To the Editors:

Brad Leithauser makes the important point that Gerard Manley Hopkins was in no way an obvious literary descendant of Words-worth or Gray [NYR, April 29]. Hopkins thought “Ode: Intimations of Immortality” a very great poem, but his own unique style does not use the classical diction that Wordsworth, or for that matter Chaucer or Pope, have as the basis of all their work. But I think the argument can be made that Hopkins had a very immediate ancestor in Keats.

One of the most distinctive qualities of his style, the compounding of words into participles as in “bell-swarmed, lark-charmed, rook-racked,/river rounded…” in “Dun Scotus’ Oxford” is one he shares with Keats. An example from the latter’s “Ode to Psyche” is:

Mid hush’d, cool-rooted flowers, fragrant-eyed,
Blue, silver-white and budded Tyrian,
They lay calm-breathing on the bedded grass…

The tendency of this style is to contract words into each other and thereby intensify their meaning. What may be lost in immediate comprehension is made up by the energy forced into images by the compression of verb and noun and adjective into phrases like “dapple-dawn-drawn Falcon.” We linger over the image and see the words and the object in an unforgettable way. Hopkins’s elaborate use of diacritical marks, which Mr. Leithauser notes, sometimes seems to me almost a smokescreen for his refabrication of words, something he saw in earlier poets, including Keats and Shakespeare, and that continues in poets who follow him, as when Dylan Thomas describes “the heron/Priested shore.”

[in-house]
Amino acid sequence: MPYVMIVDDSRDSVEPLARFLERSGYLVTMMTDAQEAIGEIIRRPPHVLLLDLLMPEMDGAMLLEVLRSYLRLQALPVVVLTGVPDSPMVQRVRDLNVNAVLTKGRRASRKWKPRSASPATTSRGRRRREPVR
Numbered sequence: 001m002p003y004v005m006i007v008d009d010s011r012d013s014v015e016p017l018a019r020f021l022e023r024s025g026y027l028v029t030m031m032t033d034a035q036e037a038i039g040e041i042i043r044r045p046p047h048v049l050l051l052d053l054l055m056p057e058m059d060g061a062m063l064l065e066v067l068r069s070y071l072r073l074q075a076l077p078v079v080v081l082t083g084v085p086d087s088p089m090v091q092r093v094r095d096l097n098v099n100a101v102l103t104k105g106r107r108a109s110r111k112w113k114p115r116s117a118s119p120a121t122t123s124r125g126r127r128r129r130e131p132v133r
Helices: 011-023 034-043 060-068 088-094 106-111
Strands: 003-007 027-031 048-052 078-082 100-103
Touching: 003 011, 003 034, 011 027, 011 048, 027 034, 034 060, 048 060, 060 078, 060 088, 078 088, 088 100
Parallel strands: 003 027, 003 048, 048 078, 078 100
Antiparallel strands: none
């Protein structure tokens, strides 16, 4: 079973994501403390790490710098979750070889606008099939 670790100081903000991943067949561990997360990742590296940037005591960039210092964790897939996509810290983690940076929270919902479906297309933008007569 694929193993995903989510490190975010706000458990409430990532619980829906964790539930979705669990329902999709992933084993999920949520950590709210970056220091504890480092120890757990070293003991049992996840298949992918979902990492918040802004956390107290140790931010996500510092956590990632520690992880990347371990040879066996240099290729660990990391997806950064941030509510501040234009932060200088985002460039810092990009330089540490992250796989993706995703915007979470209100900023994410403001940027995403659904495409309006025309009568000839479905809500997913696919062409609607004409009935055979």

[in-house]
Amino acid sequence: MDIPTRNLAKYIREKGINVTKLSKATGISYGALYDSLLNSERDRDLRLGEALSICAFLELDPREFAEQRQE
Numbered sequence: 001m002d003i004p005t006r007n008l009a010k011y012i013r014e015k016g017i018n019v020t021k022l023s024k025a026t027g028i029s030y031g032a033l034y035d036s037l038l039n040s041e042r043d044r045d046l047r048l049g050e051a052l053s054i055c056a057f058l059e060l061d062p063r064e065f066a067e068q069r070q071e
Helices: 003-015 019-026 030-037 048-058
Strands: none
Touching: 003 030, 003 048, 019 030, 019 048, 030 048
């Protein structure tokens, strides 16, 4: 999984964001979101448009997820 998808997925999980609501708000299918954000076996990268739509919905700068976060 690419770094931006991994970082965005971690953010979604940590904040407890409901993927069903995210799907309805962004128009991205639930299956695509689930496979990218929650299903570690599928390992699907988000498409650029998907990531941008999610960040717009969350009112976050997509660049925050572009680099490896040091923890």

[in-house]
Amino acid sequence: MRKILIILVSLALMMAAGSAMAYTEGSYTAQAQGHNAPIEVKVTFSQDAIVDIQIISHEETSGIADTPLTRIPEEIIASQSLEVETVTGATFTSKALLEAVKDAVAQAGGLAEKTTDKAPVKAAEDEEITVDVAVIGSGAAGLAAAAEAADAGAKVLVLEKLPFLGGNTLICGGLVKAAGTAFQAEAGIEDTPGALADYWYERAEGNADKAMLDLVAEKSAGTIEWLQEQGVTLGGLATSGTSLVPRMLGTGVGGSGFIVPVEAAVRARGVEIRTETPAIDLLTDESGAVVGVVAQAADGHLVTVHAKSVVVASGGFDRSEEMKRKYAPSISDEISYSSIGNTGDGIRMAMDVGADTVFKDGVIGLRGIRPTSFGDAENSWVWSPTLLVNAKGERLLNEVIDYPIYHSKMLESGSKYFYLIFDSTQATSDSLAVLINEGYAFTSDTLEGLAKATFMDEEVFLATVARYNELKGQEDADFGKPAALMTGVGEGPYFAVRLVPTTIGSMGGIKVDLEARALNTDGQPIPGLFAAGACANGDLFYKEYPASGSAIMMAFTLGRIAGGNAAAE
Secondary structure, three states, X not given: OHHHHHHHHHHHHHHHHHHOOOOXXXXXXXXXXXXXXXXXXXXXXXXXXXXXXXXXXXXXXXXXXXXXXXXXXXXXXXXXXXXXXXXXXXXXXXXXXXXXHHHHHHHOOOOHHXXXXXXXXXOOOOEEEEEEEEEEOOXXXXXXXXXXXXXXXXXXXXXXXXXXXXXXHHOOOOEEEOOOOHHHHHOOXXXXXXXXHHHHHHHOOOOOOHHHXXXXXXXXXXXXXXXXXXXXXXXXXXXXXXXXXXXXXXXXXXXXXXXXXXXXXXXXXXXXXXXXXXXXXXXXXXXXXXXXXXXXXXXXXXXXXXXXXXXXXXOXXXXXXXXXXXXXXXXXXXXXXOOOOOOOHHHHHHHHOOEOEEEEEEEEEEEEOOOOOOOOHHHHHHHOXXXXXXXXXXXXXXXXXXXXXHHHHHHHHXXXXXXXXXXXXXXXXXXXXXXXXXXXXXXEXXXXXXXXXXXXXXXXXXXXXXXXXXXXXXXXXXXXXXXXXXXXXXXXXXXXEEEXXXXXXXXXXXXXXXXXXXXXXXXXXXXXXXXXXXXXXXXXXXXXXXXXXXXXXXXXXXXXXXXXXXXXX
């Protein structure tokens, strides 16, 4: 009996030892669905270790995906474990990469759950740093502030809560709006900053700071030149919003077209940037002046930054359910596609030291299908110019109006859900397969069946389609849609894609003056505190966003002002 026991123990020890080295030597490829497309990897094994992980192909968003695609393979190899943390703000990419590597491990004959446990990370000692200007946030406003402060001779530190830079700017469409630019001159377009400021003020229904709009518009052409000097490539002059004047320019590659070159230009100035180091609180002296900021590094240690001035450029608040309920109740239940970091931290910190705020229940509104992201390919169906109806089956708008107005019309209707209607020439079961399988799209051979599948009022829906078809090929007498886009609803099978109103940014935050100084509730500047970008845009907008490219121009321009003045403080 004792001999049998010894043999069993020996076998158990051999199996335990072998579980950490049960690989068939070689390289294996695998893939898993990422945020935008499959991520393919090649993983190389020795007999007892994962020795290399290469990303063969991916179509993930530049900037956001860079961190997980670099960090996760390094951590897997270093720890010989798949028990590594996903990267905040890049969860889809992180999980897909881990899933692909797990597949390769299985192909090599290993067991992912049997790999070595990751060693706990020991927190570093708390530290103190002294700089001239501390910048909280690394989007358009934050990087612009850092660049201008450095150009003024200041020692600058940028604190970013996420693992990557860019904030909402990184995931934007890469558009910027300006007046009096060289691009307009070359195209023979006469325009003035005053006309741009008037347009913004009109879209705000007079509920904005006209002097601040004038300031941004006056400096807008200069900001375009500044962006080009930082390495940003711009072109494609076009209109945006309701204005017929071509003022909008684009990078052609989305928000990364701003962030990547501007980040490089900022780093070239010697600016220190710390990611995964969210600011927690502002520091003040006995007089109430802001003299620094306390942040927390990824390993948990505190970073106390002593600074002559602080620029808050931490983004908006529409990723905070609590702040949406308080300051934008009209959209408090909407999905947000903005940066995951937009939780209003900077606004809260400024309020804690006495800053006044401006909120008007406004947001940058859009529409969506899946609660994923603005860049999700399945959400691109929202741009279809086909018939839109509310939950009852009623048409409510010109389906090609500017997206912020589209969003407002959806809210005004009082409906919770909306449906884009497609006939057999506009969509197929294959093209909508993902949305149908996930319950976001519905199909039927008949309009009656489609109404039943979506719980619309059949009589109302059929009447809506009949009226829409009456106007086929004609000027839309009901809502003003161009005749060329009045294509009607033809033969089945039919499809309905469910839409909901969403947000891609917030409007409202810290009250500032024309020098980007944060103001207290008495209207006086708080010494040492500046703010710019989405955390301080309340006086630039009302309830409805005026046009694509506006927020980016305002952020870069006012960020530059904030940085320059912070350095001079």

Lawrence Dugan
Philadelphia, Pennsylvania

Brad Leithauser replies:

My thanks to Mr. Dugan for his thoughtful note.

Hopkins admired Keats-the-philosopher as much or more as Keats-the-poet. (Near the end of his life, Hopkins wrote in a letter, “He was, in my opinion, made to be a thinker, a critic, as much as a singer or artist of words.”) As Mr. Dugan’s letter suggests, all those compounds beloved by both poets—those chunky word-clusters stapled together by hyphens—ultimately reflect a restless, deep-rooted, philosophical conviction that language must continually be remade if it is to reflect reality.

This Issue

September 23, 2004